Training molecules to draw chips

Researchers at the University of Wisconsin have come up with a way to organize molecules through lithography, the science of "drawing" chip circuits.

Michael Kanellos
Michael Kanellos Staff Writer, CNET News.com
Michael Kanellos is editor at large at CNET News.com, where he covers hardware, research and development, start-ups and the tech industry overseas.
2 min read
Researchers at the University of Wisconsin have come up with a way to organize molecules through lithography, the science of "drawing" chip circuits. It's a development that could one day help bridge the nanotechnology-silicon divide.

The work performed by scientists at the University of Wisconsin's Materials Research Science and Engineering Center (MRSEC) can be conceived of as "top-down meets bottom-up." It highlights how nanotechnology--which involves manipulating molecules to make products--could be used by the electronics industry in the future.

Currently, creating circuits on silicon chips involves several hundred different procedures, including coating the wafers with metallic vapors, printing circuit patterns that have been shrunk to microscopic dimensions onto wafer surfaces, and burning the patterns into wafers through a series of chemical baths. Outfitting a semiconductor fabrication facility with equipment to perform these tasks can cost $3 billion.

By contrast, nanotechnology advocates say that making circuits out of self-organizing molecules can drastically reduce chipmaking costs. Unfortunately, self-organizing molecules have not so far organized themselves into straight lines. Instead, they generally form swirls or other aesthetically pleasing shapes.

"The problem is that you can't meet many of the requirements for manufacturing," said Paul Nealy, who oversaw the project.

The MRSEC team managed to draw two different types of alternating lines into silicon wafers through extreme ultraviolet (EUV) lithography. These etched wafers were then washed in a solution containing two different types of polymers. One of the polymers had a chemical reaction to one type of line and the other contained a chemical that reacted to the second type of line.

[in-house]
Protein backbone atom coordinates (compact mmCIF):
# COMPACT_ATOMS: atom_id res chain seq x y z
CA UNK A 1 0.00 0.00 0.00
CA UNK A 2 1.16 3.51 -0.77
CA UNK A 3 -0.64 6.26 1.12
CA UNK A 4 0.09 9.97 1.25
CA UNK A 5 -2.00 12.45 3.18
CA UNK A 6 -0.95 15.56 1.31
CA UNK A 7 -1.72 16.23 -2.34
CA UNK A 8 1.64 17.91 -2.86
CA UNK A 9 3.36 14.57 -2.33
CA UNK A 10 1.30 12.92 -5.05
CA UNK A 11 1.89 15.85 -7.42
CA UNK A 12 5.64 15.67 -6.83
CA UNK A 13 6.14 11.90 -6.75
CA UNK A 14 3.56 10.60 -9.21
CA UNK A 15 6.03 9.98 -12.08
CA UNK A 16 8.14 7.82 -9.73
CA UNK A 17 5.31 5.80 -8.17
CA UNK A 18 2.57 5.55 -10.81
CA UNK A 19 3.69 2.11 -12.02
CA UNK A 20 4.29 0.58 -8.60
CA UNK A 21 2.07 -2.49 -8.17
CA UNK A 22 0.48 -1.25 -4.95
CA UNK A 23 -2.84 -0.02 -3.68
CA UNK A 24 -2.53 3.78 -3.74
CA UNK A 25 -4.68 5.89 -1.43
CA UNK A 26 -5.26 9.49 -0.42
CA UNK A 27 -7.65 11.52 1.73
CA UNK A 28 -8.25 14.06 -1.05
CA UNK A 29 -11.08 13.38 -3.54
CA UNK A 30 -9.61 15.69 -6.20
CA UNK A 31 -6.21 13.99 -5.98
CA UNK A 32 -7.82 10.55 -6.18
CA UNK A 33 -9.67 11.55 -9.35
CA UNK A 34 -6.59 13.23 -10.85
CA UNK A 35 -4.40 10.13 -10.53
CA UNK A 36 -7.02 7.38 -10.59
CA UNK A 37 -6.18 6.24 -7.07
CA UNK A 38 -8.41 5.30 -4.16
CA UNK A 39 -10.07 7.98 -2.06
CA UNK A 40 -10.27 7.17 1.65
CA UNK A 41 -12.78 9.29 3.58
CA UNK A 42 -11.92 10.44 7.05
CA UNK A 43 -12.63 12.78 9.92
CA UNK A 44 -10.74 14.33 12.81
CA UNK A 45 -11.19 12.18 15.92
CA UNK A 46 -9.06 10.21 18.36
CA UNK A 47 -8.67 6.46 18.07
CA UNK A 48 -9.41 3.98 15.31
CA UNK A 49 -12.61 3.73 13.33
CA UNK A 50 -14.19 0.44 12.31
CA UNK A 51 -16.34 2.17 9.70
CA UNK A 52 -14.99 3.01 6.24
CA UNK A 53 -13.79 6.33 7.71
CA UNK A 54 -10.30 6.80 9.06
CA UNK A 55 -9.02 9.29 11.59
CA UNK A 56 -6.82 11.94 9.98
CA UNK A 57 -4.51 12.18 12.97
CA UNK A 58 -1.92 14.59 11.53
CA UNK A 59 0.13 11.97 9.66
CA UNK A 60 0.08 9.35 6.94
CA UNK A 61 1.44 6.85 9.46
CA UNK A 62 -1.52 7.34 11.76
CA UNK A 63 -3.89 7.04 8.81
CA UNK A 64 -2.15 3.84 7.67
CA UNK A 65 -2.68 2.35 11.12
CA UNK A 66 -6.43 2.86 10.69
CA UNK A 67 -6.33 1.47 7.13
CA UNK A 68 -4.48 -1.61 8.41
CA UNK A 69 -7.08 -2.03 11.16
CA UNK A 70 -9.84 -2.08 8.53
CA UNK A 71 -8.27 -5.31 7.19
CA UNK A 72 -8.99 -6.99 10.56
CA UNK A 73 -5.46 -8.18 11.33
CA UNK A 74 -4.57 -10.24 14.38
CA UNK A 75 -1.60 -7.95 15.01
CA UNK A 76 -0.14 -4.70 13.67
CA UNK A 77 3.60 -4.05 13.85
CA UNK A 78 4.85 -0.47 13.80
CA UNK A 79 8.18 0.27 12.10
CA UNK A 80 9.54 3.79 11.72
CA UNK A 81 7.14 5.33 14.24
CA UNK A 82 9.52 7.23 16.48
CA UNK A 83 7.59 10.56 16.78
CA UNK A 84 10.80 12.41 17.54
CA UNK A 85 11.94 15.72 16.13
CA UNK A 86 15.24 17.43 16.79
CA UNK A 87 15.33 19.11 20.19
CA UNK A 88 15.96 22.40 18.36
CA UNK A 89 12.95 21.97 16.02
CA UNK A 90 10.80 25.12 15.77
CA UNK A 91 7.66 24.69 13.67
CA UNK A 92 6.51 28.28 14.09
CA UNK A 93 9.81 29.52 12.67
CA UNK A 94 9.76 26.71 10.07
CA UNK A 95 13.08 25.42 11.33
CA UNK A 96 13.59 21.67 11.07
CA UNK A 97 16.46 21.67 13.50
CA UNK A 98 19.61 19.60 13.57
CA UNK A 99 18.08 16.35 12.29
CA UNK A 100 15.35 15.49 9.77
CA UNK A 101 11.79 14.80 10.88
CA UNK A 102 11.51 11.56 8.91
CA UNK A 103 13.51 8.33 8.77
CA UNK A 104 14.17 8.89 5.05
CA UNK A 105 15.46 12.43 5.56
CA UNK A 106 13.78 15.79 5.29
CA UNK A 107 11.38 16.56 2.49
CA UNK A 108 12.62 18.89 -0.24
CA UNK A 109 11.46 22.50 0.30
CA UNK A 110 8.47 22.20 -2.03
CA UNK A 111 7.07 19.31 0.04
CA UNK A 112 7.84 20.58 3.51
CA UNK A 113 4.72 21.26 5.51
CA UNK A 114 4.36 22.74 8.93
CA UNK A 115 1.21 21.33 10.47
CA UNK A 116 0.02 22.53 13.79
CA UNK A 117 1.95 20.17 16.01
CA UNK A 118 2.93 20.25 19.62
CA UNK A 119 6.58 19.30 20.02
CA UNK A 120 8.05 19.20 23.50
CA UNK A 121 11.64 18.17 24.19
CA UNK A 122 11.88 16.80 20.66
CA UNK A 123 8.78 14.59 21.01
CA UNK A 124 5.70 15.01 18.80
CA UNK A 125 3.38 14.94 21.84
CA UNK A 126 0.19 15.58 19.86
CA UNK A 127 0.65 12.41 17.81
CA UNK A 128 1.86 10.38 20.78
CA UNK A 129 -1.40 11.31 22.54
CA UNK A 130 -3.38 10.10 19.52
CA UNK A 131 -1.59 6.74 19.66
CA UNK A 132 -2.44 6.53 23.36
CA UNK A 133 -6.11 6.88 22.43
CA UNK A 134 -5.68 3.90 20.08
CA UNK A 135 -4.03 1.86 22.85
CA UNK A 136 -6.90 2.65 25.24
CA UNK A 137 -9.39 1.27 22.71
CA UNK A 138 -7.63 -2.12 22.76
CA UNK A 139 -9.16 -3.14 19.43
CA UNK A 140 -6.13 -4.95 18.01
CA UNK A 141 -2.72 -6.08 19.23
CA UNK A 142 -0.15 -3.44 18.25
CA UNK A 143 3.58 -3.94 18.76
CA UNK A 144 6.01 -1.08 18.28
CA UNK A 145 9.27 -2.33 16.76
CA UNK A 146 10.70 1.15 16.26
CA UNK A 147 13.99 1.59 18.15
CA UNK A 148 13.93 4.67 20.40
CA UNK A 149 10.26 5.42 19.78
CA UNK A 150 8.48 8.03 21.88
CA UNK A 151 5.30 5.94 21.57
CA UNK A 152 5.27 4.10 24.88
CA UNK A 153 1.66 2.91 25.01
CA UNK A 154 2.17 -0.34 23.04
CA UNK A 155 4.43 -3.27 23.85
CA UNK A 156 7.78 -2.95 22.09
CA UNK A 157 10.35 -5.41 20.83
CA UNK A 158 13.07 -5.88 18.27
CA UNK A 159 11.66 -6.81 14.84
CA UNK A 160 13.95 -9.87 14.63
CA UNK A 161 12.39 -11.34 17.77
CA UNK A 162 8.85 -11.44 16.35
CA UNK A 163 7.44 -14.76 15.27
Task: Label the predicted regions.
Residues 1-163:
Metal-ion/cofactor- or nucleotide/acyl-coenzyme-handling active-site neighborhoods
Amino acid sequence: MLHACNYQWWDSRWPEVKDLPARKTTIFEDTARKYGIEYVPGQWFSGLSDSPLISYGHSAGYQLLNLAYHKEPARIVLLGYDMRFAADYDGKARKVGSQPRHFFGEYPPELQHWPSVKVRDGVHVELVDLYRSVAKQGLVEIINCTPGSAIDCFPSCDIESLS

In the end, the polymers formed lines with no evidence of swirling or other undirected behavior. The lines drawn were 24 nanometers long, which is far smaller than transistors manufactured today.

Right now, the lines are simply that: a series of vertical polymer stripes on the surface of a silicon wafer. In the future, however, this technique could be used to grow longer lines that could be used to retain data inside of magnetic storage devices.

Ultimately, tiny circuits created in this manner could lead to chips that are smaller and more powerful than today's.

"In terms of storage alone, that could mean a computer with 4,000 gigabytes of memory," said MRSEC center director Juan de Pablo, a member of the Wisconsin team, in a statement.

Creating such chips, however, will likely take a number of years, Nealy said. EUV lithography is still in the experimental stage. Scientists are also only now developing nanotechnology materials.

Determining the properties of these materials, and figuring out how to incorporate them into products, will constitute major research projects in the next decade, many experts believe.

"Every physical property you can think about is different on the nanoscale," said Vanita Mani, a scientist working on nanotechnology projects at General Electric, in an interview earlier this month.

Wisconsin's MRSEC is one of 27 materials research centers established by the National Science Foundation. The group also works closely with the Semiconductor Research Corporation, a consortium that includes IBM and Intel.